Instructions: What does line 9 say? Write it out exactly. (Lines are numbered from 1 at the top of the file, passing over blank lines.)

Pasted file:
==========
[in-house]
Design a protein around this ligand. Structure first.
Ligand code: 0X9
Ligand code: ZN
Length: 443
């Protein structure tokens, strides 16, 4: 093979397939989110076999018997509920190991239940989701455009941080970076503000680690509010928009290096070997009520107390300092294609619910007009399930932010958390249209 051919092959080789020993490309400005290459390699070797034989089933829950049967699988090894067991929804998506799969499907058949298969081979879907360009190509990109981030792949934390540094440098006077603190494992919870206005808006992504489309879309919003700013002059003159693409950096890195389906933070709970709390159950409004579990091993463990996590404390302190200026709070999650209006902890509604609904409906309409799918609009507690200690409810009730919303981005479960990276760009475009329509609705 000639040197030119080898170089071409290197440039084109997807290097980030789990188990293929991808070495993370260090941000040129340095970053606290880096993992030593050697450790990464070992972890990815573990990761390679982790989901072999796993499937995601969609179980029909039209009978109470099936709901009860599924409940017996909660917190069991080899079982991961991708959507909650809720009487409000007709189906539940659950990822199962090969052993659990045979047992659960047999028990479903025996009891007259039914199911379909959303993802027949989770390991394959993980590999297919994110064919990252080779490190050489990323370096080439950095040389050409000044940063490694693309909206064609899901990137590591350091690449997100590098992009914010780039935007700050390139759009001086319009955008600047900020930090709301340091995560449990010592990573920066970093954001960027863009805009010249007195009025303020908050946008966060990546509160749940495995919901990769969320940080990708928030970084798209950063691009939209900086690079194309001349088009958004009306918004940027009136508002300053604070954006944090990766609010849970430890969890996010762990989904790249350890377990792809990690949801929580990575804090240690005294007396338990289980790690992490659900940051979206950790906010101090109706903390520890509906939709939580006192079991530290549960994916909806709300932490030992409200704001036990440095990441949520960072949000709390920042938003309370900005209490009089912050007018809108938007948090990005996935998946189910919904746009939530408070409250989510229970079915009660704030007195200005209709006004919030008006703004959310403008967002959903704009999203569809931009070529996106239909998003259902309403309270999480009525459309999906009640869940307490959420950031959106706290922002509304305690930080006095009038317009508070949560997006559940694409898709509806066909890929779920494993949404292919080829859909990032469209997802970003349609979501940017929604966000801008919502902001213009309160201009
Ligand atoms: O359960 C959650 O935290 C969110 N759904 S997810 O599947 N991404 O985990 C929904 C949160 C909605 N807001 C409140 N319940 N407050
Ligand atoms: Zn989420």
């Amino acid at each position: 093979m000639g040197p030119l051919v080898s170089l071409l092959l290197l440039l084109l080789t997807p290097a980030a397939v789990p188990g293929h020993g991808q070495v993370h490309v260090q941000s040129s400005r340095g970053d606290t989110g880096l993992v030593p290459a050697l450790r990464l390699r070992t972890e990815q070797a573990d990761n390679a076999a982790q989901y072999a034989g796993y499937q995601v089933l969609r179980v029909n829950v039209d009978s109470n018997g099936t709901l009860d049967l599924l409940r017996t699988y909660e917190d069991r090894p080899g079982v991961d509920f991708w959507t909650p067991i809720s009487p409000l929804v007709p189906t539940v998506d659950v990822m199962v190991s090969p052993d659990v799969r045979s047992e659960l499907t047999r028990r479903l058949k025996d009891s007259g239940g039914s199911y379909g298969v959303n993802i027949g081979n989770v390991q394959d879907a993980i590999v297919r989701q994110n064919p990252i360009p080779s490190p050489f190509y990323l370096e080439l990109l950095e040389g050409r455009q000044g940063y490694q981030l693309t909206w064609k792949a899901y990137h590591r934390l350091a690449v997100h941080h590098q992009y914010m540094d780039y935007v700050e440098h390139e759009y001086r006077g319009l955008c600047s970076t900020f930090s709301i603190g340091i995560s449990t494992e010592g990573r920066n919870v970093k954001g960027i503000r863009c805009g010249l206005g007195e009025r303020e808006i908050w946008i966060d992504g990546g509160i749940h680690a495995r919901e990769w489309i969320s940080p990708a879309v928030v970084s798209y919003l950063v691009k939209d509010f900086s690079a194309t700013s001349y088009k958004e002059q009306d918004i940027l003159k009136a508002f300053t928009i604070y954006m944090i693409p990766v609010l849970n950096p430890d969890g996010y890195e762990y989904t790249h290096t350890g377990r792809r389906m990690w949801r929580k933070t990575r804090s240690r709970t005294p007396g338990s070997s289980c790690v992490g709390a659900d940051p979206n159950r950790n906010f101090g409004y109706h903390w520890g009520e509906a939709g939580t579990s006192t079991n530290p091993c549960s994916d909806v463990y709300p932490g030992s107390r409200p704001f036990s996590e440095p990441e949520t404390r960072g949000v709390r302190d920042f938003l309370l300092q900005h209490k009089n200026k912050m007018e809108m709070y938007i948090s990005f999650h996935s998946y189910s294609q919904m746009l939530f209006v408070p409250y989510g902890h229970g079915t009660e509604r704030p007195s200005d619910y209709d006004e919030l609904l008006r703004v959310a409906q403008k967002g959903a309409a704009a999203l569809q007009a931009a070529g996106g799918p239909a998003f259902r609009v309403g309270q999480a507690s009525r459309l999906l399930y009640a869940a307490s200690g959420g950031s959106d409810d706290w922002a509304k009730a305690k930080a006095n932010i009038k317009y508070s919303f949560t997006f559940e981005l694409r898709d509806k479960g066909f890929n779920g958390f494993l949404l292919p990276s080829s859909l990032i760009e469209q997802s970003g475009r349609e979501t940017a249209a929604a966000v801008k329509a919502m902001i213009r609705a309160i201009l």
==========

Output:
């Amino acid at each position: 093979m000639g040197p030119l051919v080898s170089l071409l092959l290197l440039l084109l080789t997807p290097a980030a397939v789990p188990g293929h020993g991808q070495v993370h490309v260090q941000s040129s400005r340095g970053d606290t989110g880096l993992v030593p290459a050697l450790r990464l390699r070992t972890e990815q070797a573990d990761n390679a076999a982790q989901y072999a034989g796993y499937q995601v089933l969609r179980v029909n829950v039209d009978s109470n018997g099936t709901l009860d049967l599924l409940r017996t699988y909660e917190d069991r090894p080899g079982v991961d509920f991708w959507t909650p067991i809720s009487p409000l929804v007709p189906t539940v998506d659950v990822m199962v190991s090969p052993d659990v799969r045979s047992e659960l499907t047999r028990r479903l058949k025996d009891s007259g239940g039914s199911y379909g298969v959303n993802i027949g081979n989770v390991q394959d879907a993980i590999v297919r989701q994110n064919p990252i360009p080779s490190p050489f190509y990323l370096e080439l990109l950095e040389g050409r455009q000044g940063y490694q981030l693309t909206w064609k792949a899901y990137h590591r934390l350091a690449v997100h941080h590098q992009y914010m540094d780039y935007v700050e440098h390139e759009y001086r006077g319009l955008c600047s970076t900020f930090s709301i603190g340091i995560s449990t494992e010592g990573r920066n919870v970093k954001g960027i503000r863009c805009g010249l206005g007195e009025r303020e808006i908050w946008i966060d992504g990546g509160i749940h680690a495995r919901e990769w489309i969320s940080p990708a879309v928030v970084s798209y919003l950063v691009k939209d509010f900086s690079a194309t700013s001349y088009k958004e002059q009306d918004i940027l003159k009136a508002f300053t928009i604070y954006m944090i693409p990766v609010l849970n950096p430890d969890g996010y890195e762990y989904t790249h290096t350890g377990r792809r389906m990690w949801r929580k933070t990575r804090s240690r709970t005294p007396g338990s070997s289980c790690v992490g709390a659900d940051p979206n159950r950790n906010f101090g409004y109706h903390w520890g009520e509906a939709g939580t579990s006192t079991n530290p091993c549960s994916d909806v463990y709300p932490g030992s107390r409200p704001f036990s996590e440095p990441e949520t404390r960072g949000v709390r302190d920042f938003l309370l300092q900005h209490k009089n200026k912050m007018e809108m709070y938007i948090s990005f999650h996935s998946y189910s294609q919904m746009l939530f209006v408070p409250y989510g902890h229970g079915t009660e509604r704030p007195s200005d619910y209709d006004e919030l609904l008006r703004v959310a409906q403008k967002g959903a309409a704009a999203l569809q007009a931009a070529g996106g799918p239909a998003f259902r609009v309403g309270q999480a507690s009525r459309l999906l399930y009640a869940a307490s200690g959420g950031s959106d409810d706290w922002a509304k009730a305690k930080a006095n932010i009038k317009y508070s919303f949560t997006f559940e981005l694409r898709d509806k479960g066909f890929n779920g958390f494993l949404l292919p990276s080829s859909l990032i760009e469209q997802s970003g475009r349609e979501t940017a249209a929604a966000v801008k329509a919502m902001i213009r609705a309160i201009l």